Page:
A magnetically coupled impedance measuring instrument has been developed for determining an effective electrical resistivity of human subjects without electrodes. The instrument operates at 100 kHz. The value obtained represents an average of the resistivity of tissue near the coils. The human torso and the head were found to act, in regard to this measurement, as if they had homogeneous resistivities of about 425 and 350 Ωcm respectively. Thoracic resistivity fluctuations due to respiration (tidal volume) and pulsatile blood flow were about 4 percent (breathing) and 1 percent (blood pumping). These measurements were taken when the subjects were lying face down with their hearts directly over the coil system. The records resemble in shape typical ventricular stroke-volume curves provided that the subject holds his breath at maximum level of inspiration. Various tests were performed which indicate that the records reflect predominantly the changing volume of the heart. Peak-to-peak effective resistivity fluctuations of the head during the cardiac cycle were found to be less than 0.05 percent.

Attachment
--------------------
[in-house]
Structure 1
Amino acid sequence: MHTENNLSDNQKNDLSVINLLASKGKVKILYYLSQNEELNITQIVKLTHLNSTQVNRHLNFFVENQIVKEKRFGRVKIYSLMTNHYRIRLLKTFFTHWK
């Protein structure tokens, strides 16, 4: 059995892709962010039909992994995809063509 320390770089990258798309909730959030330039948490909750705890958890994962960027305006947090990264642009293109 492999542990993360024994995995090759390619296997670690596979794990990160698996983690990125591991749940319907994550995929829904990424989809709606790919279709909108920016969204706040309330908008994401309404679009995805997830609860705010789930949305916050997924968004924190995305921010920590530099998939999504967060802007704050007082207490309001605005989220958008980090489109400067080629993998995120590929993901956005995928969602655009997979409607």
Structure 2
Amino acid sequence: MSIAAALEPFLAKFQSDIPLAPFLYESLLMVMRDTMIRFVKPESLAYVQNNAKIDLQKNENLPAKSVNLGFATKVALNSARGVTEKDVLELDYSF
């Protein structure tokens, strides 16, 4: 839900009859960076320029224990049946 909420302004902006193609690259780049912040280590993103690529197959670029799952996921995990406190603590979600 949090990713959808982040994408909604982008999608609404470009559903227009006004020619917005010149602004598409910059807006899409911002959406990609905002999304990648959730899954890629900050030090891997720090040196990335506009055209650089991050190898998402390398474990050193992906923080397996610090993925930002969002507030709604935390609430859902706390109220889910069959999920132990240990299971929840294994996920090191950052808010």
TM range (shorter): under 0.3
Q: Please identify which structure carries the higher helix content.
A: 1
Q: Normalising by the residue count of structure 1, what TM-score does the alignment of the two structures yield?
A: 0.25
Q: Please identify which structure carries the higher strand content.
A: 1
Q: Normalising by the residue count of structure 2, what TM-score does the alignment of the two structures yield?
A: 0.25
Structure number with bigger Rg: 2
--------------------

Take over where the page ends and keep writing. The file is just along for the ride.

ASJC Scopus subject areas
- Biomedical Engineering